Take it easy on me here, I do not know much about electrcal components in RV's. I just realized that I only have a converter with battery charger and no inverter. To be exact I have a MagneTek 6332.
It seems to work pretty good but I am wondering if it is possible to swap for a unit that has an inverter and maybe a little better charger. Is that possible, and if so is it an easy swap?
Can someone recommend a decent unit that will get the job done for as cheap as possible?
Another question. If I decide to just keep what I have is there a need to have a fuse wired in the positive battery connection? I was just cleaning up some connections and noticed the fuse up by the battery that looked like it had been installed later on with some wire nuts. If I need it how many amps should the fuse be?
I just replaced mine with a Progressive Dynamics model that is a drop-in replacement for the old WFCO I had. I believe that PD makes a direct replacement for Magnetek also. Talk to Randy at Best Converter, he's an expert on RV electric. The PD converter has 4-stage charging and enables much better battery life and faster charging when boondocking. Be sure to match the unit size with the size you have now (ie 40A, 55A, etc.)so you don't overload the wiring.
I'm not aware of one with an inverter built in, but I added one with a small 15A transfer switch by the fuse panel. So I can power a whole circuit with the inverted when then on battery power, so I can watch TV, use the computer, etc.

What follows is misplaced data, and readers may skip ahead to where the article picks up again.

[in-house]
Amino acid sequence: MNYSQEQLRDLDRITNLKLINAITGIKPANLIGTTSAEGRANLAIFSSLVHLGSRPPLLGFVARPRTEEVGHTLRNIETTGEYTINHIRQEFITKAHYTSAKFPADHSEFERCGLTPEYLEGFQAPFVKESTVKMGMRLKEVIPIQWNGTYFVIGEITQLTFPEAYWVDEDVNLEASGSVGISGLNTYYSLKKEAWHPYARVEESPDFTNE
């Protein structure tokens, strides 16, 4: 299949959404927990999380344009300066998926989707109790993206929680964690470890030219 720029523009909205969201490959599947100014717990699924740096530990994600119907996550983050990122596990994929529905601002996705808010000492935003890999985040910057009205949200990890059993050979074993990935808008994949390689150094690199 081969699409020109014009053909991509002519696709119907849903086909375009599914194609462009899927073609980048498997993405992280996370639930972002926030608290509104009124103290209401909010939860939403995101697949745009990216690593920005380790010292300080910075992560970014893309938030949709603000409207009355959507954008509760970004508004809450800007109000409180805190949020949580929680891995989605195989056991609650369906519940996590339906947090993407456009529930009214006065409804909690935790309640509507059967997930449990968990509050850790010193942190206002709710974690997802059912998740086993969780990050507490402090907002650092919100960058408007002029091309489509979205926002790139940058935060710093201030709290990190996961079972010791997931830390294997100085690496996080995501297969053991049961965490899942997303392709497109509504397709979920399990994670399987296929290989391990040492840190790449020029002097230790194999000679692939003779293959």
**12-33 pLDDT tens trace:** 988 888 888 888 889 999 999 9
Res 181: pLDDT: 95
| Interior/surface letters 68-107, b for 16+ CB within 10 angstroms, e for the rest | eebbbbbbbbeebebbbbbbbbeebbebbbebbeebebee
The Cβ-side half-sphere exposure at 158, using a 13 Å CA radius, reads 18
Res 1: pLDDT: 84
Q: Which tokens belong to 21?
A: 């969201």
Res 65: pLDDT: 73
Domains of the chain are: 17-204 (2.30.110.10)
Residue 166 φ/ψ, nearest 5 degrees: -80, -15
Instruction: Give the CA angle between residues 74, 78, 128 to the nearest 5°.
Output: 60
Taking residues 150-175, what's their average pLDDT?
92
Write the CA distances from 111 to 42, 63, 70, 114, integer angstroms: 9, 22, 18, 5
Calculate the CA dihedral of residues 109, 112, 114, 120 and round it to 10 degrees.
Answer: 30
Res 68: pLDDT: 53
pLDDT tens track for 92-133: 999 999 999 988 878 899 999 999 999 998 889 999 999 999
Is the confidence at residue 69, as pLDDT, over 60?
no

The fuse by the batter is for the charging circuit, it's typically 30A.
Also consider posting more questions on this over in Tech Issues, a lot of guys that really know electricity there.
I'm not familiar with your converter but don't think it is one of the better ones. Preferably you want what is called a three stage smart converter/charger. Check the manual for your converter.
Installing a separate inverter for whatever you want to operate is probably more cost effective. Inverter/chargers are expensive.
Any and all hot leads from the battery should be fused near the battery. The purpose is to protect the wiring. Fuses are based on the wire size, for a rule of thumb;
12 gauge = 20 amp
10 gauge = 30 amp
8 gauge = 40 amp
There is no advantage to have a fuse substantially larger than the converter output no matter what gauge wire you have.
The one exception is that the lead to the break-a-way switch is often not fused but it is generally a very short run of wire.
I just replaced the same exact converter with a Power Dynamics 4645 converter and could not be happier.I originally went with a WFCO conveter but that was junk that never went into boost mode right out of the box. I also upgraded my wiring to 4 AGW. to help with the upgrade.